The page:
County Donegal Bronze Age gold hoard to go on show

Gold artefacts Image copyright Norman Witherow
Image caption National Museum of Ireland experts have dated the rings between 1200 and 800BC.

Four late Bronze Age gold rings discovered by a farmer in County Donegal are to go on public display.

Known as the Tullydonnell hoard, they were unearthed by Norman Witherow in June when digging in a field near Convoy.

Experts at the National Museum of Ireland, where the rings will go on display, date the find between 1200 and 800BC.

Maeve Sikora of the museum said the rings are in "perfect condition."

Museum staff had conducted extensive analysis of the gold but their purpose remains unclear, Ms Sikora, the museum's keeper of Irish antiquities said: "They've been described as 'arm bands' because of their size, but it is thought more likely that gold was shaped in this fashion as a means to store wealth."

Weighing just over 4kg (8.8lbs), the Tullydonnell rings are among the heaviest gold hoard ever discovered in Ireland.

They will go on show on Wednesday alongside the museum's permanent gold exhibition, Ór - Ireland's Gold.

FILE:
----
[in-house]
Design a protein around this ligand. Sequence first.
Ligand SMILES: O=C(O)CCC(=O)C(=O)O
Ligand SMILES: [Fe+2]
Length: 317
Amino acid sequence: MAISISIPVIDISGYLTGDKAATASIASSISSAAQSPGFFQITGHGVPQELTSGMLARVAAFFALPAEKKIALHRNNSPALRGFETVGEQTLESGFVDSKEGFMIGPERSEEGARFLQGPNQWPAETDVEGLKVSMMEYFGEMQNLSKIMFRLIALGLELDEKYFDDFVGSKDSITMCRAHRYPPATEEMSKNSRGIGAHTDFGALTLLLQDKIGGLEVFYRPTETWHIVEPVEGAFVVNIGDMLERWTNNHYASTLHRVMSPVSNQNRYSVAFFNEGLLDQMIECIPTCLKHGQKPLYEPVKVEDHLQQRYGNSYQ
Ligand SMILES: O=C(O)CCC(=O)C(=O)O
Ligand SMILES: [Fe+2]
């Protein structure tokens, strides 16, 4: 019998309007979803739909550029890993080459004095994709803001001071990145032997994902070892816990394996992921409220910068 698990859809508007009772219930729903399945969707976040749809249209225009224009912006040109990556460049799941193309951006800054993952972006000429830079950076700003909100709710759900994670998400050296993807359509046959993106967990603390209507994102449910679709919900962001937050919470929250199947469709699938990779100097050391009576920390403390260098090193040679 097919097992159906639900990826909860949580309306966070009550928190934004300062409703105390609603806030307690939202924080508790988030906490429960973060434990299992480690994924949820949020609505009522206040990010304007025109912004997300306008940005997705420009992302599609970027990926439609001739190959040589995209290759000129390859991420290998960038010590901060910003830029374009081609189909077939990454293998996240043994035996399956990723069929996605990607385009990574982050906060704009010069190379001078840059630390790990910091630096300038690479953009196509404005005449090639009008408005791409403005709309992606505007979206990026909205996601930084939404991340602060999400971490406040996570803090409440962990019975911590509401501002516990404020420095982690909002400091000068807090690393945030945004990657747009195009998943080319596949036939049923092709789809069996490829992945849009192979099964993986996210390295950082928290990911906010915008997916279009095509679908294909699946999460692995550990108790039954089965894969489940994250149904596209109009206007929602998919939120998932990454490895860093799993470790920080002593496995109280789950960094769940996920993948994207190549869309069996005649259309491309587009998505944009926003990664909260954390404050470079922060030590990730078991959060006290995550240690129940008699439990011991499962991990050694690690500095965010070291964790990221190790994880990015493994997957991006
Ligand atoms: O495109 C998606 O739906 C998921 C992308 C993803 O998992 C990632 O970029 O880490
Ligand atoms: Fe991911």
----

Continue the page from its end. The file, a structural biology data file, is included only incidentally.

It is regarded as one of the largest and most significant collections of Bronze Age gold internationally.

Image copyright Norman Witherow
Image caption The Tullydonnell hoard was found by farmer Norman Witherow earlier this year when he was digging in a field near the town of Convoy.

Next year the gold will go on temporary loan to the Donegal County Museum.

Judith McCarthy, the museum's curator, described the hoard as a unique and significant find.

"Donegal has a very rich and varied history stretching back thousands of years and the Tullydonnell hoard forms an important part of this multi-faceted story," she said.

Ireland's Minister for Education and Skills, Joe McHugh will launch the exhibition with the hoard's finders on Wednesday.

He said: "I never knew Donegal was considered to be a particularly active area during the Bronze Age."

"This discovery is so exciting for Donegal because it gives us a rare and important insight into the history of our county, and it's equally important for Ireland in that it adds to our already extensive collection of artefacts from this fascinating era," he added.

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